All Blog Posts Tagged 'tutorials' (12)


Shrafter
Constructing a Fire Piston

 

 

Creating fire by different techniques is fundemental to bushcraft. For years I have been intrigued by the fire piston, but considered the skill to make one was beyond me.

 

I then watched the video on this bushcraft site of a piston being carved out of wood with a…

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Added by barnsey on May 12, 2011 at 23:24 — 4 Comments


Tohunga
Jessies Hobo fishing kit

Well we went all out for this one, using my knowledge of wood and tools, some ideas that I had and Jessie's boundless enthusiasm.



A piece of Kanuka was set up in the lathe and rounded before we marked out the measurements:





Next was just a case of cutting it down to the marks and then sanding it smooth:





Once the compartment was bored out a lid made of Rimu was screwed on… Continue

Added by Te Hopo on November 9, 2010 at 12:06 — 9 Comments


Tohunga
How to make a paracord wrapped handle.

Well, I was having trouble figuring out how to make sure the Paracord stays on the handle without coming loose.



I found this instructional and thought I'd pass this on:



First you need to do two things,

a.) Burn/melt the two ends of the 550 parachute cord so the outer sleeve and inner threads/strings won't come unravel.



b.) Soak it in water for about 20 minutes so it will "stretch" when it's

being wrapped around the handle and "shrink" around it tightly when… Continue

Added by Te Hopo on November 8, 2010 at 22:03 — 1 Comment


Tohunga
Making a Bowsaw (WARNING: Pic heavy)

Now I have always liked compact pack saws, and recently I saw a video of Ray Mears using a very useful looking bow saw.

A quick look showed the nice wooden ones to be beyond my price range while the metal ones felt too flimsy.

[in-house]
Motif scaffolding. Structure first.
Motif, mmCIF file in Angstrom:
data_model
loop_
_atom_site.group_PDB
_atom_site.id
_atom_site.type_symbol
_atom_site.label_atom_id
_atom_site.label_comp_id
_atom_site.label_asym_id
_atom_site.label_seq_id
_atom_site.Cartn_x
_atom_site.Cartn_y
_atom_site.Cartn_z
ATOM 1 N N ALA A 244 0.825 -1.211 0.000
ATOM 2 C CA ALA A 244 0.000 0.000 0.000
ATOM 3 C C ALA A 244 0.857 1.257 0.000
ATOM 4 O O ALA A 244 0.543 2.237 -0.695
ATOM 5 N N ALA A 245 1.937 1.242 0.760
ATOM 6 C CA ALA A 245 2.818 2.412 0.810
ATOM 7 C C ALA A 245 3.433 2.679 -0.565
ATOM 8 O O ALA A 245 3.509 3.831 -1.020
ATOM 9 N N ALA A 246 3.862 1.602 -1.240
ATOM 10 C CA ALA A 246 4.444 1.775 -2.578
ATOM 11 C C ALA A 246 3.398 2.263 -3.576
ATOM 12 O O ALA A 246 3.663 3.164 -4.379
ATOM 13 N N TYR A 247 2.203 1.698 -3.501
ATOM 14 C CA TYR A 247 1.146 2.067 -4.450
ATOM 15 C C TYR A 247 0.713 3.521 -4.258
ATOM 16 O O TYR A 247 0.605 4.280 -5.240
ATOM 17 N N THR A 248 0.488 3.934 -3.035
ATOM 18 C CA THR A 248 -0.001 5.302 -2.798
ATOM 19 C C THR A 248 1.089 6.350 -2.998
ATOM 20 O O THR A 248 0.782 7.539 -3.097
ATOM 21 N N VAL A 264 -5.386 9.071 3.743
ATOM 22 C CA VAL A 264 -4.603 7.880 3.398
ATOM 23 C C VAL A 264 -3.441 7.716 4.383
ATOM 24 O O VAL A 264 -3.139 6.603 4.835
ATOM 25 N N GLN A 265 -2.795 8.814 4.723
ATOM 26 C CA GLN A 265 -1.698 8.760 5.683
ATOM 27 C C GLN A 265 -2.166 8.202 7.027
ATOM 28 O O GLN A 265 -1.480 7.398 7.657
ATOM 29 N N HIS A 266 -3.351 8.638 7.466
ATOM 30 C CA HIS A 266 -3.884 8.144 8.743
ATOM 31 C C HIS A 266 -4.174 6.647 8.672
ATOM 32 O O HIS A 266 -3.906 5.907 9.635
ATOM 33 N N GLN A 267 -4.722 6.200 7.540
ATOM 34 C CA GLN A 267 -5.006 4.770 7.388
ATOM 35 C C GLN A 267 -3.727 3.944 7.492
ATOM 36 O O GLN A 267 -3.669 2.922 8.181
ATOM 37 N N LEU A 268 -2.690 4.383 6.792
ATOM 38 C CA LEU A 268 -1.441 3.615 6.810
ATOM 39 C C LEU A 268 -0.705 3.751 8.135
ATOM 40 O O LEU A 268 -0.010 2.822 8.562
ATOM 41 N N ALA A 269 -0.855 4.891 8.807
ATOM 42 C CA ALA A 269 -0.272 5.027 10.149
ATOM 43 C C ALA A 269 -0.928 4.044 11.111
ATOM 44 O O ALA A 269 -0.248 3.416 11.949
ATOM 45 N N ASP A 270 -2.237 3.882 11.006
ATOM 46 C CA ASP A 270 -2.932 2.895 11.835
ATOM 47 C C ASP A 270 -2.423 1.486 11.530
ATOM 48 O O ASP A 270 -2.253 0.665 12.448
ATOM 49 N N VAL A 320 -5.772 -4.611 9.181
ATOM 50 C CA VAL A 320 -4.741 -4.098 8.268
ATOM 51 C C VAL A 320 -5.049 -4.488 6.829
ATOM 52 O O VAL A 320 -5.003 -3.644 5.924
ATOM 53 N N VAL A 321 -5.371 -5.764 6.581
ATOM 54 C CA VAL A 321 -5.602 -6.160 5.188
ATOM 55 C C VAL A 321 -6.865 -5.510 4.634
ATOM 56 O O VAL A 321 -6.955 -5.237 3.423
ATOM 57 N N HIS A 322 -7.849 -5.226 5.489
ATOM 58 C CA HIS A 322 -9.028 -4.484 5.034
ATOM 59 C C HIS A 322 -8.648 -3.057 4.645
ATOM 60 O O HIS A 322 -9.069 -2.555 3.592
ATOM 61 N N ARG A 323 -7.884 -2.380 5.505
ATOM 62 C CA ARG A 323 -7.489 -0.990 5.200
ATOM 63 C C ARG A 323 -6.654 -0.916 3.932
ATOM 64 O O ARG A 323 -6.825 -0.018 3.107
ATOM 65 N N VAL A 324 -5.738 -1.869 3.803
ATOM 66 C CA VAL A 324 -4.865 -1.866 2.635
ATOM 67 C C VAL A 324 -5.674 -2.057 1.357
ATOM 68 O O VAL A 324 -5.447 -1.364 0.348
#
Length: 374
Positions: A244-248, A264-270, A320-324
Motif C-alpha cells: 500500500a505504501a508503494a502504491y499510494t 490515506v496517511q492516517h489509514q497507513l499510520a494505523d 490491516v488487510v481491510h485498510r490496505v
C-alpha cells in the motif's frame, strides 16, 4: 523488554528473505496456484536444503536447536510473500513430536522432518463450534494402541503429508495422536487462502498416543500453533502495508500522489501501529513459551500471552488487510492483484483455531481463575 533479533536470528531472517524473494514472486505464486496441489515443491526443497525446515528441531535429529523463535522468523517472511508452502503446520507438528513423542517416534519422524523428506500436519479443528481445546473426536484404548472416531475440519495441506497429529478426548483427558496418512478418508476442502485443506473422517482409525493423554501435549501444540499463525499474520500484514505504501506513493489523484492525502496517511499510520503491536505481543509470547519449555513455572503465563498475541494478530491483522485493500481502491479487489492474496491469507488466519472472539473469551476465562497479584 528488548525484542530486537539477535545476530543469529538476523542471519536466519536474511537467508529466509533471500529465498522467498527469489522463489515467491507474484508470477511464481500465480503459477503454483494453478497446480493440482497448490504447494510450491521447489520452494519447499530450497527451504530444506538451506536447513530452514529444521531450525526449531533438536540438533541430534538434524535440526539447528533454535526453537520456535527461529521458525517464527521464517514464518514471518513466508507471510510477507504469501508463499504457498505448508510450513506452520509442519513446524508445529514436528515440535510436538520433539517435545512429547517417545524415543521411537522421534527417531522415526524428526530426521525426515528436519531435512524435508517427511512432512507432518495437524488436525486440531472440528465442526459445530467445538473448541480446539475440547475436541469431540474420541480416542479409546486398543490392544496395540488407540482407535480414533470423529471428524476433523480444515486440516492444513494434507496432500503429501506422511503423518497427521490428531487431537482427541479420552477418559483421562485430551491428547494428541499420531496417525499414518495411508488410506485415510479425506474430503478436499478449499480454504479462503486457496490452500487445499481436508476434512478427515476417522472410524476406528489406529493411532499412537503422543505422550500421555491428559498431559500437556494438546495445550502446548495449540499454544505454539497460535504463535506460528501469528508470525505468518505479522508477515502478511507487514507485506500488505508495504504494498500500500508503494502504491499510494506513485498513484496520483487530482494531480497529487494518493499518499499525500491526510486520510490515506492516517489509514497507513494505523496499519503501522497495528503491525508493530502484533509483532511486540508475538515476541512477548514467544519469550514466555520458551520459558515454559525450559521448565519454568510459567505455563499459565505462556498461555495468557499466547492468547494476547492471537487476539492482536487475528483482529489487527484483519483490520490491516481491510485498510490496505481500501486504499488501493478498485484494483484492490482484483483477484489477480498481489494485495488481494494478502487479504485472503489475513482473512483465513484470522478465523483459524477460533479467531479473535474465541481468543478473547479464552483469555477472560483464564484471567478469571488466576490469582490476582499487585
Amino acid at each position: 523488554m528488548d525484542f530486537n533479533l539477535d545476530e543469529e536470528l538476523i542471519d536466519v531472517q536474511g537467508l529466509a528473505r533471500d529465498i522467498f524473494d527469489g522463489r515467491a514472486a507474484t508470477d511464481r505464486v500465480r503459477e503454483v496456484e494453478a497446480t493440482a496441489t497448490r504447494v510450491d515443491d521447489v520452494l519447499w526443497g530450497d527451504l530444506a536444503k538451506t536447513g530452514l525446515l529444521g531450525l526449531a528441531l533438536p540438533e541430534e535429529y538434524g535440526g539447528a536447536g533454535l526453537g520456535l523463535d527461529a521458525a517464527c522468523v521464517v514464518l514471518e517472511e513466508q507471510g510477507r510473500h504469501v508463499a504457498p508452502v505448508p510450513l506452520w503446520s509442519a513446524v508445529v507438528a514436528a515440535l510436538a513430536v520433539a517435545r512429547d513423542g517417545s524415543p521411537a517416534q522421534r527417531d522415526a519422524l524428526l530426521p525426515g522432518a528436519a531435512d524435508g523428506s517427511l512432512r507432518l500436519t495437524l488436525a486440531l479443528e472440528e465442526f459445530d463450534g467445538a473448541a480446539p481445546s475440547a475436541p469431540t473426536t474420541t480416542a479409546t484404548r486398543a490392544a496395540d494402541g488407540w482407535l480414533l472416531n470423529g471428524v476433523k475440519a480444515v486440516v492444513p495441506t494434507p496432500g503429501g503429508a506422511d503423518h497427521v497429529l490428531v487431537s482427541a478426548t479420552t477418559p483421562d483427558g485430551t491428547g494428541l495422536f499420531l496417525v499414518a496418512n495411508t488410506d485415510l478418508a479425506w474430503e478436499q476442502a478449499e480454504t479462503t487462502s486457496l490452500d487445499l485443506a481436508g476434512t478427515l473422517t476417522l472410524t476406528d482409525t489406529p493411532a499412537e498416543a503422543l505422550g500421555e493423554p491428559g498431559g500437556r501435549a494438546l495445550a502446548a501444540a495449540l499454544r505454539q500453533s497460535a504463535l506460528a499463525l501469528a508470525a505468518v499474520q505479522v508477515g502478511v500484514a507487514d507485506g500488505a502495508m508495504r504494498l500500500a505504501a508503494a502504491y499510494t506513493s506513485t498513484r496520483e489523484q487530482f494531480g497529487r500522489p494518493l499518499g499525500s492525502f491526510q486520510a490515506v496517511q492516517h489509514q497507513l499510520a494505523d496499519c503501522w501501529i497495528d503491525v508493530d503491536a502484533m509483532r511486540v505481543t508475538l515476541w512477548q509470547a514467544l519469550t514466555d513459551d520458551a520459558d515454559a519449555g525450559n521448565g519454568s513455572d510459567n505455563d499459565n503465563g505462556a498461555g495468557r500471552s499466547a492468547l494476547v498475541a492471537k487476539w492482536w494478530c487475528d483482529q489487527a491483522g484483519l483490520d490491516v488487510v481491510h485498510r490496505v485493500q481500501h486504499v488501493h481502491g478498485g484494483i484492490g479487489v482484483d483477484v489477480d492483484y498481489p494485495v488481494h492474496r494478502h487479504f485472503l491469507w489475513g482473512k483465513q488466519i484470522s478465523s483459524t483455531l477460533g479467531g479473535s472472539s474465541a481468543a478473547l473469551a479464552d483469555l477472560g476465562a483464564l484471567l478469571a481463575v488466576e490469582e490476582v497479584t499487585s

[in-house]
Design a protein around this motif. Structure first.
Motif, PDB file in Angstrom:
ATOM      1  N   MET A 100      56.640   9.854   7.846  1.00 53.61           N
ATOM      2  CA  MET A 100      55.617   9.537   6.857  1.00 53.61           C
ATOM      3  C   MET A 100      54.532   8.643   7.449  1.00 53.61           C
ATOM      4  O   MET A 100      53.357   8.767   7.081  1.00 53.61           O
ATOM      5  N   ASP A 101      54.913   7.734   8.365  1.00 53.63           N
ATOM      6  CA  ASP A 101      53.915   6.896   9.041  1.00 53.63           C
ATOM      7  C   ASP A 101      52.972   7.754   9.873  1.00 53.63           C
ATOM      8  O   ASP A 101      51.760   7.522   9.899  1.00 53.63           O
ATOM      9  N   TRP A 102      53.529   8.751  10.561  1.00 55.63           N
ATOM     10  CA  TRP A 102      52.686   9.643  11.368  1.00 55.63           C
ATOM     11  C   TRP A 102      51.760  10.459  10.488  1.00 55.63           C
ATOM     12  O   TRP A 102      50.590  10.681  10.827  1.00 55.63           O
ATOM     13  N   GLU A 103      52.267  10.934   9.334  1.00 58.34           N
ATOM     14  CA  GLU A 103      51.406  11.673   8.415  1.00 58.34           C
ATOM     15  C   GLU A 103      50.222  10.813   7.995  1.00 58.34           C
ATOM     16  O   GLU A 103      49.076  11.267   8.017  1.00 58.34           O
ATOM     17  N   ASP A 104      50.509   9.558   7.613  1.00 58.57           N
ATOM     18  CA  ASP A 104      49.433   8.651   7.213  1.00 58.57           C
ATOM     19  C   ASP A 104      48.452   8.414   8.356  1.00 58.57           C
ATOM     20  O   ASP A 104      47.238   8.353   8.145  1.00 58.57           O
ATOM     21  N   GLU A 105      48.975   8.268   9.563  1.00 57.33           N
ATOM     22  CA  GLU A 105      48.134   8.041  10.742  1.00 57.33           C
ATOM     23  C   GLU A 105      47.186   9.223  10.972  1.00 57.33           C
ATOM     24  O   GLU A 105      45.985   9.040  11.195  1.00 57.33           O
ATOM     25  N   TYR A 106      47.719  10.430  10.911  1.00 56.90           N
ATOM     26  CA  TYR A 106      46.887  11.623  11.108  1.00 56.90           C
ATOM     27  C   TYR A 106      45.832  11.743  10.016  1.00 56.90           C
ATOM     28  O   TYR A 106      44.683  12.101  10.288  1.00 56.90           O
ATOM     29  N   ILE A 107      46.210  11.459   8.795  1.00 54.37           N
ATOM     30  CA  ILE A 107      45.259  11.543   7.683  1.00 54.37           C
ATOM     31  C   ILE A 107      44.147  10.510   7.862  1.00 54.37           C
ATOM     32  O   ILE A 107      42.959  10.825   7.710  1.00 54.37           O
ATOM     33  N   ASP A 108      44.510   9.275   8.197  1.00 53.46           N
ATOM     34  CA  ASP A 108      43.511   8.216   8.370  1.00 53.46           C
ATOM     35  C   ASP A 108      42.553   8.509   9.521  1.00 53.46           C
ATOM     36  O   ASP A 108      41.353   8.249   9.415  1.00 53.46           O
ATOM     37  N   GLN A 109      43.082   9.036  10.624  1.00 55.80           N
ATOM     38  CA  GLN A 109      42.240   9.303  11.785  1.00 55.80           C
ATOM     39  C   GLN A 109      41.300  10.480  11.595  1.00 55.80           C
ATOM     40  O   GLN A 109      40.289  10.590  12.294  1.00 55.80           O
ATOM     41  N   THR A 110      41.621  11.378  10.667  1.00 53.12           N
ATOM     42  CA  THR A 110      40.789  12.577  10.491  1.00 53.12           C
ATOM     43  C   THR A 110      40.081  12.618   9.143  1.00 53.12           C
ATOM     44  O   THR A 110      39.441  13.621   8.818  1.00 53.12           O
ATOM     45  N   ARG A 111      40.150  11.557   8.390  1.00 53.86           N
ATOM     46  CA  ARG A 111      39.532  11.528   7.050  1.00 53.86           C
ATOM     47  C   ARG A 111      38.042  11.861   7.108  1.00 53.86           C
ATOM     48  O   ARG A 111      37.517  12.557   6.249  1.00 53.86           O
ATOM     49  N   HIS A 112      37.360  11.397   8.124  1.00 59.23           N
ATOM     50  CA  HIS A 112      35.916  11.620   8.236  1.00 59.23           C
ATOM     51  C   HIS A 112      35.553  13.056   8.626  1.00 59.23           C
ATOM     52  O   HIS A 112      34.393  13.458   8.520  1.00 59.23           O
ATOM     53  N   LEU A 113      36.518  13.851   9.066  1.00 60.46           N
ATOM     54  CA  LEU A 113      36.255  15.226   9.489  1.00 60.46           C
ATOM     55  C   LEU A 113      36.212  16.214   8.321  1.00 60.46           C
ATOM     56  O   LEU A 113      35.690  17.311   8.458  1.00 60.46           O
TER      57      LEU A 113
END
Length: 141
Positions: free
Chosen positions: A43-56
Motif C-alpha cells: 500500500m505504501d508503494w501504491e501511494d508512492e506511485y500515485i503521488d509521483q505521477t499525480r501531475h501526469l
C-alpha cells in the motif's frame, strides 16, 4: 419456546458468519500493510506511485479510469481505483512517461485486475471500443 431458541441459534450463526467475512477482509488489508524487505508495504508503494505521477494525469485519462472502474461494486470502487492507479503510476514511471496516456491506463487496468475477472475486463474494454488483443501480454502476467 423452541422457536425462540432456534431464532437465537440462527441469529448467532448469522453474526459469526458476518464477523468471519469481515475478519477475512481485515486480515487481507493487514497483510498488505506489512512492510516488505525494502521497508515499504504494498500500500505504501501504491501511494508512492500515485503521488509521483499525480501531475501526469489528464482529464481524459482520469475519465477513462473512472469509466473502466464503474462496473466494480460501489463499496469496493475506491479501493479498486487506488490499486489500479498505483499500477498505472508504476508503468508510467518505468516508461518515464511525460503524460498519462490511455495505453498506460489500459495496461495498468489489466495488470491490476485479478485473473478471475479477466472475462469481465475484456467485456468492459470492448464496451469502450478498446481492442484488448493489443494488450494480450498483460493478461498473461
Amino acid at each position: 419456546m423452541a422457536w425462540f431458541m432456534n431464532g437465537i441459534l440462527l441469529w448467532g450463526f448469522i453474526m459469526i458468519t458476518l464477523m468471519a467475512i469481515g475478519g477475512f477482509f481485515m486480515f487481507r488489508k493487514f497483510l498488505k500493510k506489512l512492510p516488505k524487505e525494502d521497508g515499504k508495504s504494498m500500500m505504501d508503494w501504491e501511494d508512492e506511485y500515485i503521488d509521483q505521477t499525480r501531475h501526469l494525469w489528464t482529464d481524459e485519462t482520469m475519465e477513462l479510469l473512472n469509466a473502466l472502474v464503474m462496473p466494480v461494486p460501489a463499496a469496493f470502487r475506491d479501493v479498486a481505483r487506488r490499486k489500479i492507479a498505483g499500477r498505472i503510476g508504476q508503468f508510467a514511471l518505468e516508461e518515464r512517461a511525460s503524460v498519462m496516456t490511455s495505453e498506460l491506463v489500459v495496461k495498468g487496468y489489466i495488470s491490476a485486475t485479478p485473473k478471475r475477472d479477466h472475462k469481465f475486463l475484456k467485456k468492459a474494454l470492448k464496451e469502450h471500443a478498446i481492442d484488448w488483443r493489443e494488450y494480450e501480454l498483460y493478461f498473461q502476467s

While browsing the second hand shop I came across two brand new Sandvik saw blades, one dead wood blade and one greenwood blade, both for only $5.



So once home, a suitable piece of seasoned Kanuka (Tea Tree) was found in my stack.…

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Added by Te Hopo on November 8, 2010 at 22:00 — 9 Comments


Admin
Series of 16 Flintknapping Videos

A series of 16 tutorials on flintknapping by John Olsen.

Bio: Through scratching and grinding rocks, John Olsen has made many authentic replica artifacts. He majored in ceramics in college and began making primitive items with native clays.

Filmmaker: Mike Phillips…



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Added by Ryan Johnson-Hunt on August 6, 2010 at 14:00 — No Comments


Tohunga
How to enjoy a Steak and Kumara dinner in the bush

Ok,



Anyone can rough it in the bush and TBH a lot of us will have tried Backcountry freezedry meals ( Roast lamb + Veggies is my favourite)..



But a trip out with some real food is nice once in a while so here is how to prepare a Steak and Kumara dinner.



Ok find a good site for your fire...









I tend to use the similar technique each time for my fire lay..



I start by clearing where I'm going to… Continue

Added by John Swarbrick on July 27, 2010 at 16:30 — 6 Comments


Shrafter
Making an Efficient Portable Wood Stove.

This stove is based on the plans for the "EverythingNice" stove which can be downloaded freely from the World Stove site: http://worldstove.com/album/your-versions-of-the-everythingnice-stove/